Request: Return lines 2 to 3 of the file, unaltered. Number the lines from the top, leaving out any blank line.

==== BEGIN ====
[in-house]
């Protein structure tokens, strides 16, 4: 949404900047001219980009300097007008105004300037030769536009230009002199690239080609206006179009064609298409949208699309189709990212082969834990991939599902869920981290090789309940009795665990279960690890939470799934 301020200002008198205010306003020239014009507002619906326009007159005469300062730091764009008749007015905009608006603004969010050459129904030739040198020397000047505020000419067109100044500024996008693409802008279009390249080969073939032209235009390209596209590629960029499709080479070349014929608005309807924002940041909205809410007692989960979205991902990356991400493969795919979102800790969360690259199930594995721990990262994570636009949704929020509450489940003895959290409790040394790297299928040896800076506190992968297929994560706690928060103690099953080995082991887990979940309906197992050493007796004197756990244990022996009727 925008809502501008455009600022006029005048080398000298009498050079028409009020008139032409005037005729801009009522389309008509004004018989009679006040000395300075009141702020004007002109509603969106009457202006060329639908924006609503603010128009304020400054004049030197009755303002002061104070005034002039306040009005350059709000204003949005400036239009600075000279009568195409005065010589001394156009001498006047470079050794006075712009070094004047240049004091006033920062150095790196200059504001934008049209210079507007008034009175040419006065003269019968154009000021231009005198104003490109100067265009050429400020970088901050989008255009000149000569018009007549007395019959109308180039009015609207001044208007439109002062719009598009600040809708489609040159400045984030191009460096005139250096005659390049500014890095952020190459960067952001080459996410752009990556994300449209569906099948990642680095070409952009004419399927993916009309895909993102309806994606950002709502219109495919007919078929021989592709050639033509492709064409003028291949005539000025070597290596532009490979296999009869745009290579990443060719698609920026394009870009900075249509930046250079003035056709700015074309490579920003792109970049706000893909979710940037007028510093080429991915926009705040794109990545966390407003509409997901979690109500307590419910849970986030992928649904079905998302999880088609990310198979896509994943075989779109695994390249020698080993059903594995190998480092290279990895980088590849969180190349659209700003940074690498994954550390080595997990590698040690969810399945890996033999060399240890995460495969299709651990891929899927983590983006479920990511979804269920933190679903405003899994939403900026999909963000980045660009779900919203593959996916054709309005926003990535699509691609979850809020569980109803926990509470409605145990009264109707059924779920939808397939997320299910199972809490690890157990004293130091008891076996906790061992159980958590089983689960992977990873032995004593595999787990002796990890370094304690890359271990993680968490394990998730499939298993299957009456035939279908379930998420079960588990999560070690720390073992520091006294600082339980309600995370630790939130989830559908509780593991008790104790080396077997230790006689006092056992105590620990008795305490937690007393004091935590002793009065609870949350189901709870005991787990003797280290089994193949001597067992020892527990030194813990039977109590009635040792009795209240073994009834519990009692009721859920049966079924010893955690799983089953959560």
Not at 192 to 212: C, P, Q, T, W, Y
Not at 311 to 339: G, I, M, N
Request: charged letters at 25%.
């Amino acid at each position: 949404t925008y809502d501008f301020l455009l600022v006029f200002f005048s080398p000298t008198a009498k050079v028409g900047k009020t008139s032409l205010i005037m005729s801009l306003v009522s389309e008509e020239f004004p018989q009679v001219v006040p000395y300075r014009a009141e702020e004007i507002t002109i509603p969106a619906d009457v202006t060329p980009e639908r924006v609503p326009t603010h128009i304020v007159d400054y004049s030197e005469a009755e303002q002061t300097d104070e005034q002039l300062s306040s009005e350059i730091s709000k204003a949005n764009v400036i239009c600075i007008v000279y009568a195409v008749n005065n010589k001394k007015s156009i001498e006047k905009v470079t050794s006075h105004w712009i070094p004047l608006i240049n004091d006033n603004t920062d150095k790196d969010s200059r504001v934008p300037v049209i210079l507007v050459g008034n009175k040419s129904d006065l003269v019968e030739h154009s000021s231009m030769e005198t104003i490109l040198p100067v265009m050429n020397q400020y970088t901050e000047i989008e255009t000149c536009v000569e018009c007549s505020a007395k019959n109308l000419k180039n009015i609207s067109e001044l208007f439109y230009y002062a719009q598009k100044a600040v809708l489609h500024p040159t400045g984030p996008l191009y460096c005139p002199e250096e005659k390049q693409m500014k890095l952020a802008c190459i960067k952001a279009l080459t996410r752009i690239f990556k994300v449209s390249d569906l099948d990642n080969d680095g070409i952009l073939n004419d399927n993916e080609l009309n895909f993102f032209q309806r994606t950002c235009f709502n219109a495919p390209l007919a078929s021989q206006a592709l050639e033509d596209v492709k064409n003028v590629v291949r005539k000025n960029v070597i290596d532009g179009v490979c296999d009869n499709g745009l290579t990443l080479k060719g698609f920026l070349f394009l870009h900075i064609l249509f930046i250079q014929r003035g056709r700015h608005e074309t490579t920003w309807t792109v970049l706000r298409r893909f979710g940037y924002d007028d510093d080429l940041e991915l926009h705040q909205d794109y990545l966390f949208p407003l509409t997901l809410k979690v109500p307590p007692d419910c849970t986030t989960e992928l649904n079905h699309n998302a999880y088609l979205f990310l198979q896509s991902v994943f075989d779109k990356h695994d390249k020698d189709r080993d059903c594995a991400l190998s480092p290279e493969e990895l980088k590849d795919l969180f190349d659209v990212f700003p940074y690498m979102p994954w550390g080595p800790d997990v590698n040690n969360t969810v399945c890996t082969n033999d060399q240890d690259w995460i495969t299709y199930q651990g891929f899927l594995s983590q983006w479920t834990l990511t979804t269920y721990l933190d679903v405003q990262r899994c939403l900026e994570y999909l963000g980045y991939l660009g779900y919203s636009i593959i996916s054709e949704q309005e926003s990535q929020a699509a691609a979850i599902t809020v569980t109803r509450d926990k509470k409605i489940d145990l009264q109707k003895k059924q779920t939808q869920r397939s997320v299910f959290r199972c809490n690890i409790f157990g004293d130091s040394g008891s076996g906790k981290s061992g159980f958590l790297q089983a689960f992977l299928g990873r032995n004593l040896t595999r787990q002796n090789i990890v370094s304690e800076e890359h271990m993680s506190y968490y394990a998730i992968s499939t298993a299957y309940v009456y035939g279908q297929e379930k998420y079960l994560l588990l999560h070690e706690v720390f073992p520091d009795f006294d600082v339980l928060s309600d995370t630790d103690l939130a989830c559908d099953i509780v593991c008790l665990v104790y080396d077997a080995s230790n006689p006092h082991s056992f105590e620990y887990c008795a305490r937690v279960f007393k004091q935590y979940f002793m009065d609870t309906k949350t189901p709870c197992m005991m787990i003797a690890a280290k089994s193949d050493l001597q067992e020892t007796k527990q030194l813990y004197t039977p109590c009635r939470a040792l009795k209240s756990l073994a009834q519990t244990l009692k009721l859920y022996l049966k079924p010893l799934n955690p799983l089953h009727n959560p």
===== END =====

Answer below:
């Protein structure tokens, strides 16, 4: 949404900047001219980009300097007008105004300037030769536009230009002199690239080609206006179009064609298409949208699309189709990212082969834990991939599902869920981290090789309940009795665990279960690890939470799934 301020200002008198205010306003020239014009507002619906326009007159005469300062730091764009008749007015905009608006603004969010050459129904030739040198020397000047505020000419067109100044500024996008693409802008279009390249080969073939032209235009390209596209590629960029499709080479070349014929608005309807924002940041909205809410007692989960979205991902990356991400493969795919979102800790969360690259199930594995721990990262994570636009949704929020509450489940003895959290409790040394790297299928040896800076506190992968297929994560706690928060103690099953080995082991887990979940309906197992050493007796004197756990244990022996009727 925008809502501008455009600022006029005048080398000298009498050079028409009020008139032409005037005729801009009522389309008509004004018989009679006040000395300075009141702020004007002109509603969106009457202006060329639908924006609503603010128009304020400054004049030197009755303002002061104070005034002039306040009005350059709000204003949005400036239009600075000279009568195409005065010589001394156009001498006047470079050794006075712009070094004047240049004091006033920062150095790196200059504001934008049209210079507007008034009175040419006065003269019968154009000021231009005198104003490109100067265009050429400020970088901050989008255009000149000569018009007549007395019959109308180039009015609207001044208007439109002062719009598009600040809708489609040159400045984030191009460096005139250096005659390049500014890095952020190459960067952001080459996410752009990556994300449209569906099948990642680095070409952009004419399927993916009309895909993102309806994606950002709502219109495919007919078929021989592709050639033509492709064409003028291949005539000025070597290596532009490979296999009869745009290579990443060719698609920026394009870009900075249509930046250079003035056709700015074309490579920003792109970049706000893909979710940037007028510093080429991915926009705040794109990545966390407003509409997901979690109500307590419910849970986030992928649904079905998302999880088609990310198979896509994943075989779109695994390249020698080993059903594995190998480092290279990895980088590849969180190349659209700003940074690498994954550390080595997990590698040690969810399945890996033999060399240890995460495969299709651990891929899927983590983006479920990511979804269920933190679903405003899994939403900026999909963000980045660009779900919203593959996916054709309005926003990535699509691609979850809020569980109803926990509470409605145990009264109707059924779920939808397939997320299910199972809490690890157990004293130091008891076996906790061992159980958590089983689960992977990873032995004593595999787990002796990890370094304690890359271990993680968490394990998730499939298993299957009456035939279908379930998420079960588990999560070690720390073992520091006294600082339980309600995370630790939130989830559908509780593991008790104790080396077997230790006689006092056992105590620990008795305490937690007393004091935590002793009065609870949350189901709870005991787990003797280290089994193949001597067992020892527990030194813990039977109590009635040792009795209240073994009834519990009692009721859920049966079924010893955690799983089953959560």
Not at 192 to 212: C, P, Q, T, W, Y